Forest Dynamics in Relation to Late-Holocene Climatic Variability, Eastern Ontario, Canada

Title: Forest Dynamics in Relation to Late-Holocene Climatic Variability, Eastern Ontario, Canada
Authors: Keizer, Peter S.
Date: 2013
Abstract: Pollen profiles from two lakes, Tawny Pond (44°48’59”N, 77°10’54”W, 276m) and Stoll Lake (44°58’16”N, 77°17’22”W,303m) in Addington Highlands, eastern Ontario, Canada were analyzed to understand the effects of late-Holocene climate change and European settlement on eastern Ontario’s forests. Both lakes were analyzed at high temporal resolution and record vegetation dynamics over the last 1000 years. Throughout the past 1000 years, Pinus, Tsuga, Betula, Quercus, Acer and Fagus were the dominant taxa in the pollen record. The pollen records show vegetation response in relation to the Medieval Warm Period and the Little Ice Age. From 970-1200 AD the forest was dominated by hemlock, beech and maple trees. From 1200-1870 AD the forest composition changed as pine and boreal trees became more abundant and/or had increased relative pollen production. Most recently, since 1870 AD, herbaceous plants (weeds) increased, whereas softwoods decreased and hardwoods increased, due to landscape changes associated with European settlement. These results show that high resolution studies of unvarved lakes, with an appropriate chronology, can detect multi-decadal climate variability. This thesis was also concerned with making management suggestions to the forestry community. Future climate change will likely create a forest composition more similar to that of the Medieval Warm Period than the time of European colonization, and thus should be the basis for forest planning.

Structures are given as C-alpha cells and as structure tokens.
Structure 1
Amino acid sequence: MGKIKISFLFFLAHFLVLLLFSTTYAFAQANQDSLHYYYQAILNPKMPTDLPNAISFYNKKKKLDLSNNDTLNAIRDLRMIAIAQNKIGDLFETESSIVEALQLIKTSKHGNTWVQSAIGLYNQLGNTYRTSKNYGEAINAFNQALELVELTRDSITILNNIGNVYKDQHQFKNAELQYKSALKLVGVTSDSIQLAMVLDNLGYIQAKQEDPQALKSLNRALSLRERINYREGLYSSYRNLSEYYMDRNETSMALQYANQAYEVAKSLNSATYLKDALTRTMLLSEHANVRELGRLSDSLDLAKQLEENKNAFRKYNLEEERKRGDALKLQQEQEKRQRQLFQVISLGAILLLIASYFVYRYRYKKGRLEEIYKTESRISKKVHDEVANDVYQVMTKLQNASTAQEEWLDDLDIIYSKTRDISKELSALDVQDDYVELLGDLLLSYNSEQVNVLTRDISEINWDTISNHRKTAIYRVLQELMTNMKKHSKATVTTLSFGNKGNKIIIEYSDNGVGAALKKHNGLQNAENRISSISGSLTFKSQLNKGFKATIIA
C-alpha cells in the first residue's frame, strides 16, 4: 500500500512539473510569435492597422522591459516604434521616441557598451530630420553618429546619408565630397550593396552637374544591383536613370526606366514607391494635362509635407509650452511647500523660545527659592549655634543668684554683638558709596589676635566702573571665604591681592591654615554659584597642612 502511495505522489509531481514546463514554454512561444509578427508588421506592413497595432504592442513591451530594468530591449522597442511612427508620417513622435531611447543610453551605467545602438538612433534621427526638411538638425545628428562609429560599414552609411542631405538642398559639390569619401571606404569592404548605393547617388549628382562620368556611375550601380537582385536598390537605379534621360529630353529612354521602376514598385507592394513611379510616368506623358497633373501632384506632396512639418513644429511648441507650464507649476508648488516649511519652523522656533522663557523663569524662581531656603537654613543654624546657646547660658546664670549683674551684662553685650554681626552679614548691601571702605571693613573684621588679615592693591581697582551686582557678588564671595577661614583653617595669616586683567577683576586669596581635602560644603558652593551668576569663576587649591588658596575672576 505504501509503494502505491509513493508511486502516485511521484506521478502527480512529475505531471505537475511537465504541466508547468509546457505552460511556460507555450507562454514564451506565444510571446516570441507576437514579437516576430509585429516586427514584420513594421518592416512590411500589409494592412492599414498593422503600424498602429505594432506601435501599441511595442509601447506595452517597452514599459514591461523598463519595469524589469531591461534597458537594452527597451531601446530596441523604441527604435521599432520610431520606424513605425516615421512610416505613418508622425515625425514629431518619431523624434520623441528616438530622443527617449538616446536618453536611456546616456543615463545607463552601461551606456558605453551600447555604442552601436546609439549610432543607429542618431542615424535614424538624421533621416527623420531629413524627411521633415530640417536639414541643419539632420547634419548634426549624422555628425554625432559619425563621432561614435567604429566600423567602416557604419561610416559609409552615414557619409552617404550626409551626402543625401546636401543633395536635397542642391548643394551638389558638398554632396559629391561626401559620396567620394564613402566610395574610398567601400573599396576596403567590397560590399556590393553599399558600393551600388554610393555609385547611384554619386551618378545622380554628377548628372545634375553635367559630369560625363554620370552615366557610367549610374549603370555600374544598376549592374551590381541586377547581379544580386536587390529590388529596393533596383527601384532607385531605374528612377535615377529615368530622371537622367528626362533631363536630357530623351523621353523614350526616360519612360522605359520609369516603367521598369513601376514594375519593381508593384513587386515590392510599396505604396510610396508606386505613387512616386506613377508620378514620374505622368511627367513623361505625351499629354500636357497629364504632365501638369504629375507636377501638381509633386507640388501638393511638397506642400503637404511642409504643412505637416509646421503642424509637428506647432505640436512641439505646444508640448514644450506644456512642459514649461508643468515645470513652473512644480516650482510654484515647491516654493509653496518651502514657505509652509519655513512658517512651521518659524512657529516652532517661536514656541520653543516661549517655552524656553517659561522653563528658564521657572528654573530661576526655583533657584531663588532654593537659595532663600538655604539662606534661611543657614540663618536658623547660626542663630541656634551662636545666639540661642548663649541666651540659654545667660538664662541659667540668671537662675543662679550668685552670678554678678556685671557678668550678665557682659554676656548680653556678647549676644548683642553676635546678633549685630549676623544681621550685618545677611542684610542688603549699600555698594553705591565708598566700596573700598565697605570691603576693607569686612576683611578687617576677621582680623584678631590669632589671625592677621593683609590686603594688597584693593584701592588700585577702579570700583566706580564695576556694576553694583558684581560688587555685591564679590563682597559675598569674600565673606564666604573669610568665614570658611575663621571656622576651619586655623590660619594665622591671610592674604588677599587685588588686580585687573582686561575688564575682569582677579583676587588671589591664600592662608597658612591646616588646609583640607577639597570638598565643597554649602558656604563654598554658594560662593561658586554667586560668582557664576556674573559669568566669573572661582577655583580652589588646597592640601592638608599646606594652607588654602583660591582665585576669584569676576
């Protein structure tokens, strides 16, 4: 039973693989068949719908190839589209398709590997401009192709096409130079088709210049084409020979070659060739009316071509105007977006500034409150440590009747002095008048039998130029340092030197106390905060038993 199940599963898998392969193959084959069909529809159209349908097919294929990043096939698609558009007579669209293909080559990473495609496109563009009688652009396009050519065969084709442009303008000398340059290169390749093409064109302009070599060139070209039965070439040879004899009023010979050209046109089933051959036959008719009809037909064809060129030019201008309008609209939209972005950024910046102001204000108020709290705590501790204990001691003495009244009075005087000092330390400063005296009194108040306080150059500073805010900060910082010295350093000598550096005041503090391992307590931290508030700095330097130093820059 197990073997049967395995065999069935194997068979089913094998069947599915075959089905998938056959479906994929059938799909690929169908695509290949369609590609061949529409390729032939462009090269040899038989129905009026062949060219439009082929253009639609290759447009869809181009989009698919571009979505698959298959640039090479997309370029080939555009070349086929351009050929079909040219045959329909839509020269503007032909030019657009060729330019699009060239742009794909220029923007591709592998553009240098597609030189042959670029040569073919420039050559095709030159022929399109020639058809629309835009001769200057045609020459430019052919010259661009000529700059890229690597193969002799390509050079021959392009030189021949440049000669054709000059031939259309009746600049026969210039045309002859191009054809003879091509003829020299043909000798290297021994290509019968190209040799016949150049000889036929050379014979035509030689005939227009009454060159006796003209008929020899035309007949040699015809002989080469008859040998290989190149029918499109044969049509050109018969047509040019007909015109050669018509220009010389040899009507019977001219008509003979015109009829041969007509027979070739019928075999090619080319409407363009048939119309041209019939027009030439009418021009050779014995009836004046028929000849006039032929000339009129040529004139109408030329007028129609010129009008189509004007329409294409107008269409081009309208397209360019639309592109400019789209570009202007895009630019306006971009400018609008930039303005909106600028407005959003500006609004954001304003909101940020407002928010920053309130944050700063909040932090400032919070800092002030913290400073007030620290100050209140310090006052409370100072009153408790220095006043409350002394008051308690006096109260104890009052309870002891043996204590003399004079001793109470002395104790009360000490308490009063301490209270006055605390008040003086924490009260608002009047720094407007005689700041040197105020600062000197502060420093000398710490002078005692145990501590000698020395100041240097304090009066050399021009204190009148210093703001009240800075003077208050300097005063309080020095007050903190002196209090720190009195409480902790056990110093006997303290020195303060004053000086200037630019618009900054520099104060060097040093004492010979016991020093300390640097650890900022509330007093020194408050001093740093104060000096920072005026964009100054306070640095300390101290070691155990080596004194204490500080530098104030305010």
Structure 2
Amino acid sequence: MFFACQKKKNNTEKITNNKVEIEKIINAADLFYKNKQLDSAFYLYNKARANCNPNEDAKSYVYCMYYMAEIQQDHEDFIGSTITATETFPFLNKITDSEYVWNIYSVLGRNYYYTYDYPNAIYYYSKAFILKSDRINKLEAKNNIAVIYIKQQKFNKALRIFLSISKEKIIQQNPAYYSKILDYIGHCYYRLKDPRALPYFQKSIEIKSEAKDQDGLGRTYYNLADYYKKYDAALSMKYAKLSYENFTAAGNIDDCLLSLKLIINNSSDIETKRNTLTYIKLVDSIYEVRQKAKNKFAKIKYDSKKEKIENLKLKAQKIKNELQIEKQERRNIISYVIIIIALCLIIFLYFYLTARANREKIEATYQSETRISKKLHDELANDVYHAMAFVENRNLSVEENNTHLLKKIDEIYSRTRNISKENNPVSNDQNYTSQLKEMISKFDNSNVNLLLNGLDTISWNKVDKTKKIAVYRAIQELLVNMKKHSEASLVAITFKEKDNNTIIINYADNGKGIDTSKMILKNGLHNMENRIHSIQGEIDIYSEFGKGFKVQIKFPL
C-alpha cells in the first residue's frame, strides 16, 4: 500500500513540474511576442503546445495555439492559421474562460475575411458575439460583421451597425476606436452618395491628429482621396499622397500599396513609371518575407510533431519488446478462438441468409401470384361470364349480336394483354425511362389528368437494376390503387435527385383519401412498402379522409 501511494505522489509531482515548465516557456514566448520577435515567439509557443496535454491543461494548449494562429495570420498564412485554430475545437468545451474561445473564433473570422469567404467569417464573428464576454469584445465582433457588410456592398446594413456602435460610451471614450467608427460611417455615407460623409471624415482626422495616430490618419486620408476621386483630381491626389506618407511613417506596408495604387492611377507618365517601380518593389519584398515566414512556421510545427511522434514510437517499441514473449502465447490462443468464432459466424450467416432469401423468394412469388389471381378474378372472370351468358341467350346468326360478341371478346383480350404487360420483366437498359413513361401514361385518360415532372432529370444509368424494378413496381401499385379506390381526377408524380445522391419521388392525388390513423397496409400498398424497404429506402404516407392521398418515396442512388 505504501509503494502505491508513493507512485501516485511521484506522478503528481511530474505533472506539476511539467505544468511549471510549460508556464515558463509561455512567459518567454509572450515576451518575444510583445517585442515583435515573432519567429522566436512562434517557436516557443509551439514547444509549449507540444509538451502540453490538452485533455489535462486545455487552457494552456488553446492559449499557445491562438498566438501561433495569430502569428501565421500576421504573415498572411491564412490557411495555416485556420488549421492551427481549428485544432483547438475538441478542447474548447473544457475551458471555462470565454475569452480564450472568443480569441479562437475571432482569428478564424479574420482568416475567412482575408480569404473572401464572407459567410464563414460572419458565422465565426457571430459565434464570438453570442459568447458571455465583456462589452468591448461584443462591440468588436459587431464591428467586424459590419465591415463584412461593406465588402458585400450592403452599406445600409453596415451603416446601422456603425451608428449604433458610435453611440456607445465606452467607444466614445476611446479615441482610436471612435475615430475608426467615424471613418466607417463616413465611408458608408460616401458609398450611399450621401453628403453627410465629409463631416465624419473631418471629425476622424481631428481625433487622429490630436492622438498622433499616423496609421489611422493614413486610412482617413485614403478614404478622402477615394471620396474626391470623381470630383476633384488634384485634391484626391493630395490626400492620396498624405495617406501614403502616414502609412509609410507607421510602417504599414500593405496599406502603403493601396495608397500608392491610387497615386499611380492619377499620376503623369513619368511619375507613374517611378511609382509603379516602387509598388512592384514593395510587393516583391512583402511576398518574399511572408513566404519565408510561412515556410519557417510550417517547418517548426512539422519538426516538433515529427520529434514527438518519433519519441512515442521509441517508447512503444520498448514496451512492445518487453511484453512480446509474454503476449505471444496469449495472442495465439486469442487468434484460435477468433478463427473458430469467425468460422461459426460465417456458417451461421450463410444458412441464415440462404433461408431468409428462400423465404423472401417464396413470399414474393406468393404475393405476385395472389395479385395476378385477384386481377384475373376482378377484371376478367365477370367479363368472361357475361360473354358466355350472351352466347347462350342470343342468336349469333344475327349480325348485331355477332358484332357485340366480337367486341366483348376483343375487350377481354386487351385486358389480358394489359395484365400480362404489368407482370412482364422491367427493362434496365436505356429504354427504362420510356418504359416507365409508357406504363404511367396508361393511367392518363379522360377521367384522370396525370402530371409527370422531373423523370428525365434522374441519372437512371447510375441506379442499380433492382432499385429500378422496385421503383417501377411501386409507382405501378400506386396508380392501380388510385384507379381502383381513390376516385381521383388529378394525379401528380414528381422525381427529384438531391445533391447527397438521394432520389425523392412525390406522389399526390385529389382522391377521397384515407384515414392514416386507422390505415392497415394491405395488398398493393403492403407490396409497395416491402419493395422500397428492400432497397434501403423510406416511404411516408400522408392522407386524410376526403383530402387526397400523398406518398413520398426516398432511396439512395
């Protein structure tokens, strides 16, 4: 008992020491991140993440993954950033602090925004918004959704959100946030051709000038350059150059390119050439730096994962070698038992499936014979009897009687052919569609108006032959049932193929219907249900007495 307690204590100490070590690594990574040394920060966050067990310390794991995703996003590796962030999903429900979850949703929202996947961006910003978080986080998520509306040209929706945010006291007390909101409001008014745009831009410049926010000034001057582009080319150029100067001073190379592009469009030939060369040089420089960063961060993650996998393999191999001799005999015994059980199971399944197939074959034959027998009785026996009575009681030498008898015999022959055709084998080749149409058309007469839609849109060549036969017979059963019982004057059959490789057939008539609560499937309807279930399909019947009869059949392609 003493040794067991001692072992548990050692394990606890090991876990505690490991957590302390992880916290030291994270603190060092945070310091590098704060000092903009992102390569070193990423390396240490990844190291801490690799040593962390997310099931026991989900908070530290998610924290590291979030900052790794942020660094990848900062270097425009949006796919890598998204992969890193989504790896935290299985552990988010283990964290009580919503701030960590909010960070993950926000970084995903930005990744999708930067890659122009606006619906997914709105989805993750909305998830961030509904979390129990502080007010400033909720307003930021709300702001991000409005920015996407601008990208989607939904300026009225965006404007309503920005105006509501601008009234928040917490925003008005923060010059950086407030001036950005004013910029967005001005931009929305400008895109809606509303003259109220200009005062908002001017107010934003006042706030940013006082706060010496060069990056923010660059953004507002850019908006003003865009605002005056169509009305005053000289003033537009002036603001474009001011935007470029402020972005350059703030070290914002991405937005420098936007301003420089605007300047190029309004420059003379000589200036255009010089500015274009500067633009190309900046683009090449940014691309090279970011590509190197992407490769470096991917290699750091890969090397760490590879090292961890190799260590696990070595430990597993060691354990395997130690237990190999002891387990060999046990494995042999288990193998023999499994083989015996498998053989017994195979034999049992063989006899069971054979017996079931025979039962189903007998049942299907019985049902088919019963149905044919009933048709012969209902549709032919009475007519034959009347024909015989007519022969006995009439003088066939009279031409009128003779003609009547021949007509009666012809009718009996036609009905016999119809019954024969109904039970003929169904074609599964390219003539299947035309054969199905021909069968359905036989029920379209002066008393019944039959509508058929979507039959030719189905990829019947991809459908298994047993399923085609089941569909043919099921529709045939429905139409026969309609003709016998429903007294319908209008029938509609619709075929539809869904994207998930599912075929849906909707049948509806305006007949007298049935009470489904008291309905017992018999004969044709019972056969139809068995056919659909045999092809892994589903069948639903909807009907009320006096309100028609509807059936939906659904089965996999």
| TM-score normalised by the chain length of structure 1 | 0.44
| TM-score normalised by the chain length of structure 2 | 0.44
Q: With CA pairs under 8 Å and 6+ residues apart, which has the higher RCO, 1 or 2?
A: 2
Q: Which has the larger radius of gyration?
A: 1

CollectionThèses, 2011 - // Theses, 2011 -